Life Science Compliance Update

January 19, 2018

Christmas Comes Early - The FCPA Pilot Program Made Permanent

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When we first introduced the FCPA Pilot Program in the June 2016 issue, we noted the uncertainties of outcomes for companies who voluntarily self-disclose potential violations. On November 29, 2017, Deputy Attorney General Rod Rosenstein announced that the US Department of Justice (DOJ) had made the FCPA Pilot Program permanent. This article will review some of the key highlights outlined by the DOJ and some considerations for compliance professionals.

The heat is on life science companies. Since 2013, there have been 25 Foreign Corruption Practices Act (“FCPA”) matters involving life science companies, 13 of which occurred in the last two years. Although life science companies have not been immune to FCPA investigations in the past, the statement of Acting Chief of the U.S. Department of Justice (“DOJ”) Fraud Section, Sandra Moser in August was loud and clear - the DOJ would be increasing its enforcement efforts of healthcare related companies.

We reviewed the outcomes of the FCPA Pilot Program (“Pilot Program”) in the September 2017 issue of the Update, examining the benefits of self-disclosure under the program. Now, a year since its inception, the DOJ has announced that the Pilot Program will now be permanent.

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September 22, 2017

To Disclose or Not to Disclose… That is the Question: The DOJ’s FCPA Pilot Program – Insights from Year One and Beyond

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It has been over one-year since the US Department of Justice has launched its pilot program aimed to incentivize companies to self-report potential Foreign Corrupt Practices Act violations. Since its launch on April 5, 2016, the Justice Department resolved nine investigations. However, the question still remains – “Is the carrot bigger than the stick?” This article examines settlement trends before and during the Pilot Program to answer the question of whether or not it is sensible to self-disclose.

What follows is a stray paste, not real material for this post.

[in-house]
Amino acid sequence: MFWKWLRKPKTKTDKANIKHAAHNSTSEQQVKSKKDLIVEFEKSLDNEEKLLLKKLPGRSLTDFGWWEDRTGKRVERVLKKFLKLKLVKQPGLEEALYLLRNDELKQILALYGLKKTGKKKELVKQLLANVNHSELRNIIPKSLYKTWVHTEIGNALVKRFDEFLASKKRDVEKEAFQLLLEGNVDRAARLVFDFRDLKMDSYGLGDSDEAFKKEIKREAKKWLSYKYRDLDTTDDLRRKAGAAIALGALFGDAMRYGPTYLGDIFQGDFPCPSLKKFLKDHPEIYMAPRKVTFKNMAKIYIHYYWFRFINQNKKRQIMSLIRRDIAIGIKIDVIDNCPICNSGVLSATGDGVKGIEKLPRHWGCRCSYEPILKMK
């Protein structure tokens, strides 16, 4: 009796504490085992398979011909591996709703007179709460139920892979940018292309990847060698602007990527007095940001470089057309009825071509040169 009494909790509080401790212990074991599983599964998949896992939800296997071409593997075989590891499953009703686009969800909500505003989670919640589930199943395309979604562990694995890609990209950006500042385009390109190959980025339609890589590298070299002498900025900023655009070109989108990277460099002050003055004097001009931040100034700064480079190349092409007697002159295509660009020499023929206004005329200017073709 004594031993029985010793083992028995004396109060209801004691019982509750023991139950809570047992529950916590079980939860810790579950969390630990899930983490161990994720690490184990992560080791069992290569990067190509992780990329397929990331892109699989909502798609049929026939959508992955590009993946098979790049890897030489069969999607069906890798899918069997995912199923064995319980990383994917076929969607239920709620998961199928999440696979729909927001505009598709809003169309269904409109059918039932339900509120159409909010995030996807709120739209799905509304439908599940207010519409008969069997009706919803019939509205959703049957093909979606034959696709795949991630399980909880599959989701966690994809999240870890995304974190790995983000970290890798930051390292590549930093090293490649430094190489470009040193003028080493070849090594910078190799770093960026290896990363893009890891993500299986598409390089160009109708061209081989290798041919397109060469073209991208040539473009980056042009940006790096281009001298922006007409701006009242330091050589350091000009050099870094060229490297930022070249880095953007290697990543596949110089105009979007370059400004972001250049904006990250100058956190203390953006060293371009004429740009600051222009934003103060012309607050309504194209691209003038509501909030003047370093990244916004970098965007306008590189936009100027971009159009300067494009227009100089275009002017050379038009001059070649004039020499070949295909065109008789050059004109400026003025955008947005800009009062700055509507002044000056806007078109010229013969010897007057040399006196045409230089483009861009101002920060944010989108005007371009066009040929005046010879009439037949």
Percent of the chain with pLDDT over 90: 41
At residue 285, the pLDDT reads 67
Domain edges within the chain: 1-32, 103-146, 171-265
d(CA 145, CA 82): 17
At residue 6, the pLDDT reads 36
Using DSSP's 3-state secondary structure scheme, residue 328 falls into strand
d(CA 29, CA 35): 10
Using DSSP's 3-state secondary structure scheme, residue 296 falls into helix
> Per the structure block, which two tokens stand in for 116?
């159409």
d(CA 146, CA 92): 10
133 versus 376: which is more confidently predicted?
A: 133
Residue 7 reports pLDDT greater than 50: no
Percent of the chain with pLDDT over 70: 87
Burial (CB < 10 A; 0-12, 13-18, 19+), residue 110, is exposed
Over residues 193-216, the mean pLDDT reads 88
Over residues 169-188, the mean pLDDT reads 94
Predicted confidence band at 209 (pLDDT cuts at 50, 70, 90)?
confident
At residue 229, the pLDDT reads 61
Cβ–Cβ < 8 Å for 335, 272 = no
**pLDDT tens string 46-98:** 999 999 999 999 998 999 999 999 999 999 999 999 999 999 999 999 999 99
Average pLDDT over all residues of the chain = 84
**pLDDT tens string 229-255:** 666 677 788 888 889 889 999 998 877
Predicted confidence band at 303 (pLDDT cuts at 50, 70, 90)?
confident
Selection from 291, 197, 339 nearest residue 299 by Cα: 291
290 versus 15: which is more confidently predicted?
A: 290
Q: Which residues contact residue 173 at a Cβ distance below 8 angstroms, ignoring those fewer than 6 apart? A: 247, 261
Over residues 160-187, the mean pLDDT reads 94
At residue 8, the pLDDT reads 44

Last month, Sandra Moser, the acting chief of the DOJ’s Fraud Section made it clear that the DOJ would be increasing its enforcement efforts of healthcare related companies. Although life science companies have not been immune to Foreign Corrupt Practices Act (“FCPA”) investigations in the past, Moser stated that the DOJ viewed the healthcare industry as ‘one that faces serious compliance and corruption challenges not only in high risk markets overseas but right here at home as well.’ Simply put, life science companies will be under the FCPA microscope more than ever.

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April 24, 2017

TEVA - Using Legitimate Distributor Payments to Conceal Bribes

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On December 22, 2016, the Securities and Exchange Commission (SEC) announced that Teva Pharmaceutical Industries Limited had agreed to pay more than $519 million to settle parallel civil and criminal charges that it violated the Foreign Corrupt Practices Act (FCPA) by paying bribes to foreign government officials in Russia, Ukraine, and Mexico. The interesting aspect of this settlement is as the government alleges, the bribes were concealed in the form of legitimate payments to distributors.

It has been a long time coming. The U.S. Department of Justice (“DOJ”) and the Securities and Exchange Commission (“SEC”) have been investigating the Israeli drug giant, Teva Pharmaceutical Industries Limited (“Teva”) for alleged Foreign Corrupt Practices Act (“FCPA”) violations since 2012. Four years later and right before Obama left office, the SEC finally announced a settlement with Teva.

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